Much of the record breaking loss of ice in the Arctic ocean in recent years is down to the region’s swirling winds and is not a direct result of global warming, a new study reveals.
Ice blown out of the region by Arctic winds can explain around one-third of the steep downward trend in sea ice extent in the region since 1979.
The study does not question that global warming is also melting ice in the Arctic, but it could raise doubts about high-profile claims that the region has passed a climate “tipping point” that could see ice loss sharply accelerate in coming years.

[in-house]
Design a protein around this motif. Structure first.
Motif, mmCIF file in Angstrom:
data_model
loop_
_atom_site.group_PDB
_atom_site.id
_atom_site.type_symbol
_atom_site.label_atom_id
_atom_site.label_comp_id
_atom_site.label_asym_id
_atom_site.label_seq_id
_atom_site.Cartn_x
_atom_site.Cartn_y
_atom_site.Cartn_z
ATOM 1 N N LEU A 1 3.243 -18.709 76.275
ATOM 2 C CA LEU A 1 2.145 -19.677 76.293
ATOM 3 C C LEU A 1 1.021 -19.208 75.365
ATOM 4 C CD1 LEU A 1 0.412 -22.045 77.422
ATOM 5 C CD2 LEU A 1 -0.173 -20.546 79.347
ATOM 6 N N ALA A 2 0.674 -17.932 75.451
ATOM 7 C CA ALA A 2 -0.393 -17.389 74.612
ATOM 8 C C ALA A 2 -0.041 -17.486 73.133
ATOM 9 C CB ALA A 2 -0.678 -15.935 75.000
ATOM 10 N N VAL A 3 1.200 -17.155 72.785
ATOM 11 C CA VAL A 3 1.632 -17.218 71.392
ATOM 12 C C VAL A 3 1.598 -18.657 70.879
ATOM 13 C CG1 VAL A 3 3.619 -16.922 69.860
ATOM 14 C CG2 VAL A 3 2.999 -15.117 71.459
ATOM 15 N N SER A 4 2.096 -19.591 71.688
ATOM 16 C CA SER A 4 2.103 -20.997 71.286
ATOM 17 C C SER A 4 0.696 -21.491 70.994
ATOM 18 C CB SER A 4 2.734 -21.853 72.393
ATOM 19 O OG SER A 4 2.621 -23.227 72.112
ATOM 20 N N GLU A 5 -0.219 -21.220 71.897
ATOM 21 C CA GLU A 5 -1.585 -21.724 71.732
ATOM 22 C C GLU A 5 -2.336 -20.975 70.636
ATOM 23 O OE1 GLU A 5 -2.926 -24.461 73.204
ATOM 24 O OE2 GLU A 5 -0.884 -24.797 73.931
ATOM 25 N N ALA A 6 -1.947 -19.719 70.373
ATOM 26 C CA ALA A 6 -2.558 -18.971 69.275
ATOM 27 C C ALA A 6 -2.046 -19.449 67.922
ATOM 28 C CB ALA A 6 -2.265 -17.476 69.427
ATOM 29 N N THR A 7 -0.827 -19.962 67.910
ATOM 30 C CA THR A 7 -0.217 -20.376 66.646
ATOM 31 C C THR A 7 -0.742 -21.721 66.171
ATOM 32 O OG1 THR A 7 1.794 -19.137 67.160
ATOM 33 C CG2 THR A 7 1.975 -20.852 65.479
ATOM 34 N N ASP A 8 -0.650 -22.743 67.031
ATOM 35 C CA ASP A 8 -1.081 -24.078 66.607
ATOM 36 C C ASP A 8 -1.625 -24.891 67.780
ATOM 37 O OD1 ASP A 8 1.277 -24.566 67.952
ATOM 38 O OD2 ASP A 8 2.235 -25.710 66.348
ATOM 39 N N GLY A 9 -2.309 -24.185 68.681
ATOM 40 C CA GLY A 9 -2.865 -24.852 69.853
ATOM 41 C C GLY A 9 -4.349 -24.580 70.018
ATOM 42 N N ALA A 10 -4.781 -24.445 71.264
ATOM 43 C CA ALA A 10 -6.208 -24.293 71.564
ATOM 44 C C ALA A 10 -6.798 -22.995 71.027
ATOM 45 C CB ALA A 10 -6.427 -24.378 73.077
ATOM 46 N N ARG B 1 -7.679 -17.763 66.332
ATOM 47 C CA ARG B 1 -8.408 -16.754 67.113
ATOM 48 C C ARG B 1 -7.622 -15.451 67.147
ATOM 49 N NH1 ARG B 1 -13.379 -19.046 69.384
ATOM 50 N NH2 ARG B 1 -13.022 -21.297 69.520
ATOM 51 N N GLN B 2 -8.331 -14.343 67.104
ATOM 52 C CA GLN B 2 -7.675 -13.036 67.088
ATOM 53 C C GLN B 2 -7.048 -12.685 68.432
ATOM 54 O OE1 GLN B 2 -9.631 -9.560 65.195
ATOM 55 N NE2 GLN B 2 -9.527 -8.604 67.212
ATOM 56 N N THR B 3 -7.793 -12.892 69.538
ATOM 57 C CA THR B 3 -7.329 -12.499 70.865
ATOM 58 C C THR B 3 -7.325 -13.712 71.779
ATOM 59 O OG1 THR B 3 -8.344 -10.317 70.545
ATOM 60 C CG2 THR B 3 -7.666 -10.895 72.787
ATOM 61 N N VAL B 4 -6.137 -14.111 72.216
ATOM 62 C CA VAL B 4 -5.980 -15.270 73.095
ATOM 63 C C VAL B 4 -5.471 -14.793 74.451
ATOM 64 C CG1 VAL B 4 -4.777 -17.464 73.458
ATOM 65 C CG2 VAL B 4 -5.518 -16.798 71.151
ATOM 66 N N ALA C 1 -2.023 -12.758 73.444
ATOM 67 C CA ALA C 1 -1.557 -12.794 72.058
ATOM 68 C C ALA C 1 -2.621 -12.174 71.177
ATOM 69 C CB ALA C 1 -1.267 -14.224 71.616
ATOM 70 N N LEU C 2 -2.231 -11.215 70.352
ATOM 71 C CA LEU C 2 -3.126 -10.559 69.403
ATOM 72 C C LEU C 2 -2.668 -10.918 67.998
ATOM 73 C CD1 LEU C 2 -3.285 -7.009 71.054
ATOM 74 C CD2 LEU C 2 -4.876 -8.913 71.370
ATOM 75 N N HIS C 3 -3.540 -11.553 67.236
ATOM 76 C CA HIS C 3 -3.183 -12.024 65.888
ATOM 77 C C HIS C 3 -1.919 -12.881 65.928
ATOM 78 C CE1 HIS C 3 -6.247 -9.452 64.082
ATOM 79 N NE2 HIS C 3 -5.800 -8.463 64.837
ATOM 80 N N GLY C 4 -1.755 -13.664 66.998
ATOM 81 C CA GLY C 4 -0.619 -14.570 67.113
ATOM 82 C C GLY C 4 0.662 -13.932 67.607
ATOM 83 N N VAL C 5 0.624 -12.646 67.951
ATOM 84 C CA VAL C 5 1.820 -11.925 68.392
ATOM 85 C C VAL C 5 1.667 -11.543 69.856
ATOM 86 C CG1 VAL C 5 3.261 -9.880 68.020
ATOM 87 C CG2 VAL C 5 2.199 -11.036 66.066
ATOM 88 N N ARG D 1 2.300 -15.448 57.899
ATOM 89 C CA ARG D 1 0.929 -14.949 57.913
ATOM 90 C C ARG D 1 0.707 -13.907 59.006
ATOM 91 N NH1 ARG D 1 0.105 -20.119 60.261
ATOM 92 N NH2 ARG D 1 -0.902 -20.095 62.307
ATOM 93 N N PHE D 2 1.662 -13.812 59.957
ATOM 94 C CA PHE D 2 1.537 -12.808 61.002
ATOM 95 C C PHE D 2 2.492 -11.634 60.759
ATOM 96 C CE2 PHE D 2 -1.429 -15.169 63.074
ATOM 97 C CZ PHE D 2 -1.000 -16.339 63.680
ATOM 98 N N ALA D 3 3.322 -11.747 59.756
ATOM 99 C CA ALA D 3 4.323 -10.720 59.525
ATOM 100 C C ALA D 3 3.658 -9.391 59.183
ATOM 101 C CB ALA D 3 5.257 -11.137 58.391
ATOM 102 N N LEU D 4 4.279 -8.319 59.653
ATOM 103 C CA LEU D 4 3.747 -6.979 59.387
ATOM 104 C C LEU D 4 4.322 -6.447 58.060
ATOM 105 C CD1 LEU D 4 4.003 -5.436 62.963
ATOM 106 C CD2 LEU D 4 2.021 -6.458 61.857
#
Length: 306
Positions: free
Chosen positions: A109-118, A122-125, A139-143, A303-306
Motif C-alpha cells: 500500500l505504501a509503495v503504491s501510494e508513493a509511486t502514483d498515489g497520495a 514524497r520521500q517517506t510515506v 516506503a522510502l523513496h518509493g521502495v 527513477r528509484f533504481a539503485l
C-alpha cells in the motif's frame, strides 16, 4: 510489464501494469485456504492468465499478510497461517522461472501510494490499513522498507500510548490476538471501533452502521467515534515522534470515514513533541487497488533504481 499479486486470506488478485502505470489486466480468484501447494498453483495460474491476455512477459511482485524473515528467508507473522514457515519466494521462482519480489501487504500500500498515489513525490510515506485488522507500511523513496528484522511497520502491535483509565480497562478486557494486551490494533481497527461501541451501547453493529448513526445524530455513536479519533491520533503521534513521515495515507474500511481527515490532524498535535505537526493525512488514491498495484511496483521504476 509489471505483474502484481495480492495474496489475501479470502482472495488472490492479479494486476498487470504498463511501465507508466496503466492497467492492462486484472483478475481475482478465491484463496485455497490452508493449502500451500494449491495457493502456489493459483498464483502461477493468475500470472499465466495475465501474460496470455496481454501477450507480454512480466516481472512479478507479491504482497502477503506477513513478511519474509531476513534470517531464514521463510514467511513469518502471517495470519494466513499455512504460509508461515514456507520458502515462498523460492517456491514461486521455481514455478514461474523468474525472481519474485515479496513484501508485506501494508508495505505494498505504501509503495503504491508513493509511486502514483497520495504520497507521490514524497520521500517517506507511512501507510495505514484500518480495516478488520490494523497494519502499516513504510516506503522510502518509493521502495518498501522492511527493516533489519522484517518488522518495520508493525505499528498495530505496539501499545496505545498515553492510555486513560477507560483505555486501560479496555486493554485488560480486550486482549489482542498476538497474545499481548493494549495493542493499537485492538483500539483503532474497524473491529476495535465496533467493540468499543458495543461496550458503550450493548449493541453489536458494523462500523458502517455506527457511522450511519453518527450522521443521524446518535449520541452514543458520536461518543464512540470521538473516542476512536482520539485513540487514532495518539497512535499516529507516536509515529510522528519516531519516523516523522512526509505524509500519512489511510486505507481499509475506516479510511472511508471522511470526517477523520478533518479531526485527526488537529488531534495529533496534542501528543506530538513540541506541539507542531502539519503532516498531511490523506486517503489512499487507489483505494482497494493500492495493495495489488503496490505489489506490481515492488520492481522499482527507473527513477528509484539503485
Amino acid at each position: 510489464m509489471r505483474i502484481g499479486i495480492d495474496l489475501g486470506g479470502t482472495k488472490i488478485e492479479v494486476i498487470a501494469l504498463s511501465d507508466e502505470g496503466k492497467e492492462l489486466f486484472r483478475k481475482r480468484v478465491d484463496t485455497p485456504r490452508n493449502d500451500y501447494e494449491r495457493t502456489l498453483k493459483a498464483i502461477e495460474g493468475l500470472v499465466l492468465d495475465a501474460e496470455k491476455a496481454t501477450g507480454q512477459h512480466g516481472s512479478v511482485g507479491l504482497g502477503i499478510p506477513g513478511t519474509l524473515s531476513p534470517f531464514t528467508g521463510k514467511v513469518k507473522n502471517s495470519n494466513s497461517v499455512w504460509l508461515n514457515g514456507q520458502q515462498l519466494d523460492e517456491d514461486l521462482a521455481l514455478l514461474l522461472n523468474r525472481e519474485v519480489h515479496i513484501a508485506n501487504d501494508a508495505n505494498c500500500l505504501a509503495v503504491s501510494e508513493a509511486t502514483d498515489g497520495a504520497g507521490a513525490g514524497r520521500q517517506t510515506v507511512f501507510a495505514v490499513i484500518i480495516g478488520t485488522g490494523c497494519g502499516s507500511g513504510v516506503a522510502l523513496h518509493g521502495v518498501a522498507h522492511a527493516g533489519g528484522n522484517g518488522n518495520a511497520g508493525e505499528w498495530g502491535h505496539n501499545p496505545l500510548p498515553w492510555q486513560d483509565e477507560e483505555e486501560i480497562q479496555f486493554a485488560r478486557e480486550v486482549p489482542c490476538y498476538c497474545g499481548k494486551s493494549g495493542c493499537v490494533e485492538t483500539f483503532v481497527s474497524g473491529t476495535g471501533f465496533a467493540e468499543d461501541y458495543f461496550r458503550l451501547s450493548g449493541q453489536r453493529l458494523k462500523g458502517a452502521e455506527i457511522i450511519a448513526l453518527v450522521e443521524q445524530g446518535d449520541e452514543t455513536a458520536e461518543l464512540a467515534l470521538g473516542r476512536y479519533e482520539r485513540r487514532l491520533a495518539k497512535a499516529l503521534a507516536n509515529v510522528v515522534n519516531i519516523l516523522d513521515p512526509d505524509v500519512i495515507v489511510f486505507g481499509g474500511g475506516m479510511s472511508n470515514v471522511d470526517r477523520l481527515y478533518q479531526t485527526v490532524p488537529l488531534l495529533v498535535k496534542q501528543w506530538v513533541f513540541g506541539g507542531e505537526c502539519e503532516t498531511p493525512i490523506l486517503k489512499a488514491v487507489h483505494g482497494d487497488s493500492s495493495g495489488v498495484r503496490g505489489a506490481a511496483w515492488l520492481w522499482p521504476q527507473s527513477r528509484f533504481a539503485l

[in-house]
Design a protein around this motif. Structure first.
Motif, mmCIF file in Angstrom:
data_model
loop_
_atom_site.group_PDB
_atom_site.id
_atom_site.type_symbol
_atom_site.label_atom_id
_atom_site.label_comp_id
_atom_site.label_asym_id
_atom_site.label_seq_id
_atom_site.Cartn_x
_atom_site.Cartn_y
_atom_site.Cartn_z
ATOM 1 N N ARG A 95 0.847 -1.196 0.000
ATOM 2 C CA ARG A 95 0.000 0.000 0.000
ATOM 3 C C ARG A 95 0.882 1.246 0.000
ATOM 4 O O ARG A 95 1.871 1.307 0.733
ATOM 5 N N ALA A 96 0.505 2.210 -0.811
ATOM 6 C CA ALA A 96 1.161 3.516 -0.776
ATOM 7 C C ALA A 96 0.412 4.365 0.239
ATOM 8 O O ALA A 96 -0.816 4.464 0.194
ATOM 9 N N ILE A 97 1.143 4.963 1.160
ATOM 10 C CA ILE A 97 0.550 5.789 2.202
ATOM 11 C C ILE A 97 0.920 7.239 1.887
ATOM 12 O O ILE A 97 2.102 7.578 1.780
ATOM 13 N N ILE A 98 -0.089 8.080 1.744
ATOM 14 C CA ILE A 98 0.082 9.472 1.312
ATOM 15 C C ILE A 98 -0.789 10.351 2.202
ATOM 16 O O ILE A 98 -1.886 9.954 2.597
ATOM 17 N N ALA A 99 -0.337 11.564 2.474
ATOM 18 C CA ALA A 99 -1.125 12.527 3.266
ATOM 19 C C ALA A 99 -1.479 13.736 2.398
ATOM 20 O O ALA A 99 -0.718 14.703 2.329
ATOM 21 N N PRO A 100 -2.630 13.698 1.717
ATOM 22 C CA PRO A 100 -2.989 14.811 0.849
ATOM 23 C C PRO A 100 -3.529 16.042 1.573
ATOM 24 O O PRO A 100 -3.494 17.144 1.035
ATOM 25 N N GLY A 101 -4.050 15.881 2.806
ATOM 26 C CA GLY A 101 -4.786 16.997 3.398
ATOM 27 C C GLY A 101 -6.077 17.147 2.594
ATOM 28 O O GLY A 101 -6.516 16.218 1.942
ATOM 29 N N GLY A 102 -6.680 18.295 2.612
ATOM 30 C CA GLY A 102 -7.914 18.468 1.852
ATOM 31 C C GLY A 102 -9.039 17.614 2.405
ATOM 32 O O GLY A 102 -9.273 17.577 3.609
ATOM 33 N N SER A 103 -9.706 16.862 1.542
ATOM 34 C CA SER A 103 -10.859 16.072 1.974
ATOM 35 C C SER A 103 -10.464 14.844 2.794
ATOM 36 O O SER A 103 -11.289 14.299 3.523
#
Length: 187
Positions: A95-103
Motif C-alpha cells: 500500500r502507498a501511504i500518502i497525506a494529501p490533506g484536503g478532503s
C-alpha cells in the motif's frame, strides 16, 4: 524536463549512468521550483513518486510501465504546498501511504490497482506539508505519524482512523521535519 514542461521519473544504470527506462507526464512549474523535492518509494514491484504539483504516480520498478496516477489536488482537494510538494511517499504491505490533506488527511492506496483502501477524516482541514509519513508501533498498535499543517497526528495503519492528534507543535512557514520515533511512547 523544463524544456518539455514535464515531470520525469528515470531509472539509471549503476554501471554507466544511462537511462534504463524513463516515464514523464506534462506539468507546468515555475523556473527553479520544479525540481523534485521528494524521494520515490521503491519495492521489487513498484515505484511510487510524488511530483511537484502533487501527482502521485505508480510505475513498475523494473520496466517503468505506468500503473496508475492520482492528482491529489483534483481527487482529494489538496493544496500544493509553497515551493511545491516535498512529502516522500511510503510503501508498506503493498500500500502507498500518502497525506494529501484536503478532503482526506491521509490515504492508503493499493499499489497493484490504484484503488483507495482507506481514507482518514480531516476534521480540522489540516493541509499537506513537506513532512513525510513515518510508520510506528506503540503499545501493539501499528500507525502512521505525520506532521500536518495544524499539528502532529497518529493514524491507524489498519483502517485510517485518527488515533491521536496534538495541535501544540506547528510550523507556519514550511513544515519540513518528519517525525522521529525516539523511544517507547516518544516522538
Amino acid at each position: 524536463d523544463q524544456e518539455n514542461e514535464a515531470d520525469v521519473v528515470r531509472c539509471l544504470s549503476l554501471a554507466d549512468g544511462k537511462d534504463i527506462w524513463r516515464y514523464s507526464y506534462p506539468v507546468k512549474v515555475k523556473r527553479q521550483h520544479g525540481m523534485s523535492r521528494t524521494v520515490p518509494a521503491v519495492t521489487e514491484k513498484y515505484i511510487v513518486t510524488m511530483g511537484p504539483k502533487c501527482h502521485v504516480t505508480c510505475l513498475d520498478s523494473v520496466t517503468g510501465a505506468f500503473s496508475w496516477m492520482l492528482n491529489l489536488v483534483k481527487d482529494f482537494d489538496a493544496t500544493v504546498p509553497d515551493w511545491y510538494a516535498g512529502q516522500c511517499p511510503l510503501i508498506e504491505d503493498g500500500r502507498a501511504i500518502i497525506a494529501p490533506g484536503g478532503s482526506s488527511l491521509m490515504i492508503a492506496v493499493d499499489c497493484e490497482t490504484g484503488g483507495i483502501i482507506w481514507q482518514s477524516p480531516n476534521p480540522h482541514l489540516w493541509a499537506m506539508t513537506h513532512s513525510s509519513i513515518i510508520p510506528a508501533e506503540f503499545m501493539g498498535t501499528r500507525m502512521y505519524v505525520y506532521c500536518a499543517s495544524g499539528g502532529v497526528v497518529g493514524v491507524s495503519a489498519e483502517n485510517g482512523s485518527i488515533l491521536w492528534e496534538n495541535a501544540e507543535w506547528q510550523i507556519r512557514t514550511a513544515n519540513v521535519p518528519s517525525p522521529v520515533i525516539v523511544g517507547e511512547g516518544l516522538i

The new findings also help to explain the massive loss of Arctic ice seen in the summers of 2007-08, which prompted suggestions that the summertime Arctic Ocean could be ice-free withing a decade. About half of the variation in maximum ice loss each September is down to changes in wind patterns.